Scope and extent are closely related, yet distinct, concepts in VBA.
The scope of a variable refers to the portion of the code in which the variable is visible and can be used. The extent of a variable, on the other hand, refers to the duration of time during which the variable exists and retains its value.
- Scope = Visibility
- Extent = Lifetime
There are three levels of scope in VBA:
- Procedure-level scope: A variable with procedure-level scope is only visible and can only be used within the procedure in which it is declared. Once the procedure ends, the variable is no longer available. (Also known as local variables.)
- (Private) Module-level scope: A variable with module-level scope is visible and can be used within any procedure in the module in which it is declared. The variable remains available as long as the module is open.
- Public (module-level) scope: A variable with public scope is visible and can be used in any procedure in any module in the project. The variable remains available as long as the project is open. (Also known as global variables.)
From the Section 2.3 of the VBA Language Specification:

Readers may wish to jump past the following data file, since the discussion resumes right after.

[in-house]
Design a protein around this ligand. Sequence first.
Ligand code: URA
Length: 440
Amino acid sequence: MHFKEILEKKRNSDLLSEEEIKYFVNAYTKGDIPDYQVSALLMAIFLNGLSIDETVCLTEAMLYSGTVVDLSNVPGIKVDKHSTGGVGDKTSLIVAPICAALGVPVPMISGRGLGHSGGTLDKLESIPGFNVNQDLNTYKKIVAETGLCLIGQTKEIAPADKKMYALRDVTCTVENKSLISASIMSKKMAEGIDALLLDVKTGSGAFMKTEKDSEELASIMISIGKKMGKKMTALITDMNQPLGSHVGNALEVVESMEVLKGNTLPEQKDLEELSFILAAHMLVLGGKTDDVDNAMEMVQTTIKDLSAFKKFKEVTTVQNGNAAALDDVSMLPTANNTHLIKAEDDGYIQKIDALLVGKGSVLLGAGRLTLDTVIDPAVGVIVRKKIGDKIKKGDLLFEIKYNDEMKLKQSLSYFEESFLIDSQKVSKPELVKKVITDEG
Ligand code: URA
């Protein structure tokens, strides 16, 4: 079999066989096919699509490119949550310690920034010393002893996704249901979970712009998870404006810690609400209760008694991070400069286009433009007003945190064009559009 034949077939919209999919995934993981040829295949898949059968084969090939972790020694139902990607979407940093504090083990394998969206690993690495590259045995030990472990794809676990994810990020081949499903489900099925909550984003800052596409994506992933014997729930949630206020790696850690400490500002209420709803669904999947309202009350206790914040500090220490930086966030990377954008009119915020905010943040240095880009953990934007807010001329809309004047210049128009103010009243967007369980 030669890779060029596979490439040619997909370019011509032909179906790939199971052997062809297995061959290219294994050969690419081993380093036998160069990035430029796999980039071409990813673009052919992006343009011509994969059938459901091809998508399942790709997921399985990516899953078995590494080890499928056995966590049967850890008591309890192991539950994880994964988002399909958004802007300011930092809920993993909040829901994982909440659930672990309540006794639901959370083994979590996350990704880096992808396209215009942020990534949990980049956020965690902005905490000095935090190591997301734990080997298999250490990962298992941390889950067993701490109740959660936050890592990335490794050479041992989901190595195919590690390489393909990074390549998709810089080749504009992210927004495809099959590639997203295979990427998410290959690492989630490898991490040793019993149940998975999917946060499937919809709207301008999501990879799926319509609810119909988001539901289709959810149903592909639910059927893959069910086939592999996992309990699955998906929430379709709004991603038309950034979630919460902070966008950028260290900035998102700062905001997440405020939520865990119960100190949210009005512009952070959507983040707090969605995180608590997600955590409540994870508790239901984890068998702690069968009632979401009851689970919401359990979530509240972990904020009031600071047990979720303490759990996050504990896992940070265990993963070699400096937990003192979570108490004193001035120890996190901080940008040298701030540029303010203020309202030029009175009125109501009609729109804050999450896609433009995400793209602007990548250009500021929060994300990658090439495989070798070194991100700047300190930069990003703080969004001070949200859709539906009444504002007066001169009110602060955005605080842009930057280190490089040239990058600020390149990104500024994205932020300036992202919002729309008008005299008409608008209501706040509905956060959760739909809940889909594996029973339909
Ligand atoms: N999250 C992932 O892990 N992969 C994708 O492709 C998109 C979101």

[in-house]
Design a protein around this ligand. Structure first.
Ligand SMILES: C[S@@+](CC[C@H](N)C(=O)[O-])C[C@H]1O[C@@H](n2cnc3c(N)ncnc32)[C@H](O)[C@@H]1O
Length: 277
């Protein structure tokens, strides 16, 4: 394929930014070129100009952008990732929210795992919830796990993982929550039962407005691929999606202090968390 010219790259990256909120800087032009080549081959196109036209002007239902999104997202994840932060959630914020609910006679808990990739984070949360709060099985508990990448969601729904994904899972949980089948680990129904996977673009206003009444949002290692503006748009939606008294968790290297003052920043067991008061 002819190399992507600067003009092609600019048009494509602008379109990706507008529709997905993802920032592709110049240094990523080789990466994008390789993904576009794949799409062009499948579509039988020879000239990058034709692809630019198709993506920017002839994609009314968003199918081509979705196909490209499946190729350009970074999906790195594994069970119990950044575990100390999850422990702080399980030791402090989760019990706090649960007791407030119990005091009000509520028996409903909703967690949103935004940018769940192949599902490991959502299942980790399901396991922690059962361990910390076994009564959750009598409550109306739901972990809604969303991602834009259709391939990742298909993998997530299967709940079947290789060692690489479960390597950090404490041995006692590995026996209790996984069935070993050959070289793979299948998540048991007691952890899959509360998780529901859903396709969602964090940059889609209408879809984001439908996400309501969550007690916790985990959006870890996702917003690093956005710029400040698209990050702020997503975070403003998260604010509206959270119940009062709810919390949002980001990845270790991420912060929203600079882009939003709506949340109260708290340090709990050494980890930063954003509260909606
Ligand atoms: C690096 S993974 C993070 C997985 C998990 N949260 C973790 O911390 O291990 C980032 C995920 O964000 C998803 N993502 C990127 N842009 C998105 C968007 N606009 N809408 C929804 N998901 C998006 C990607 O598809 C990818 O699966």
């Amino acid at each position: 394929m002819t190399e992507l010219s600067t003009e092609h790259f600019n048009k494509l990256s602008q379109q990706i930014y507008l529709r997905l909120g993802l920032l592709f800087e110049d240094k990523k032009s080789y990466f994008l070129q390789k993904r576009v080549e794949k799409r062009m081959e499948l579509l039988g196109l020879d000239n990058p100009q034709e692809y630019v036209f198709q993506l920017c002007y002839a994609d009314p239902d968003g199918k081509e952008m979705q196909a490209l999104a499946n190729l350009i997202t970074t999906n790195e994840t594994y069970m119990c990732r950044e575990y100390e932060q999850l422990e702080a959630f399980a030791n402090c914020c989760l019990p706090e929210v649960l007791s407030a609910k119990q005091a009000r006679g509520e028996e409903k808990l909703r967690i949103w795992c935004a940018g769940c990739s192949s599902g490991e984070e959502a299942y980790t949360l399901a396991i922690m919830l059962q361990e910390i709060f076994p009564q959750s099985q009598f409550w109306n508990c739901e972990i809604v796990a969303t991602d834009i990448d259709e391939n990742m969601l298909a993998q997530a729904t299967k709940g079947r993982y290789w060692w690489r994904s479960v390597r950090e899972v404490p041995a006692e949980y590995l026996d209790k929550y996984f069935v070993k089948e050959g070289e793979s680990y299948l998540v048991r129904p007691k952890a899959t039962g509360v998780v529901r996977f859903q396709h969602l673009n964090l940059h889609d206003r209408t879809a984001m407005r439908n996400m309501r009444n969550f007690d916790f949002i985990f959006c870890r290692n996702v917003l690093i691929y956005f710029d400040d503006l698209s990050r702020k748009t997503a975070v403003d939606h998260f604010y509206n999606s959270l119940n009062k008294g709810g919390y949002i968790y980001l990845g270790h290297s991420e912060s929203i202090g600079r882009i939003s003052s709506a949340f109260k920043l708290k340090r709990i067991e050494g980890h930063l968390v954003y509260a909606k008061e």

The span from the time a variable is created to the time it is destroyed is called the extent of the variable.
VBA supports the following extents:
- Program Extent
- Module Extent
- Procedure Extent
- Object Extent
- Aggregate Extent
Relationship Between Scope and Extent
In general, wider scopes have longer extents.
For example, a global variable (declared as
Public in the header of a standard module) has Module Extent and Public Scope. This type of variable has one of the longest lifetimes and the widest visibility.
A local variable (declared with
Dim inside a procedure) has Procedure Extent and Procedure-Level Scope. This type of variable has the shortest lifetime and narrowest visibility.
However, a local static variable (declared with
Static inside a procedure) has Module Extent and Procedure-Level Scope. This type of variable has one of the longest lifetimes, but the narrowest visibility.
While this is not an oft-discussed topic, understanding the concepts of scope and extent is critical to writing robust VBA applications that are easy to maintain.
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- Portions of this article's body generated with the help of ChatGPT
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UPDATED [2023-01-11]: Added the full official names of the three different levels of scope in VBA along with a link to the VBA scope documentation page within the "Scope" section at the top of the article.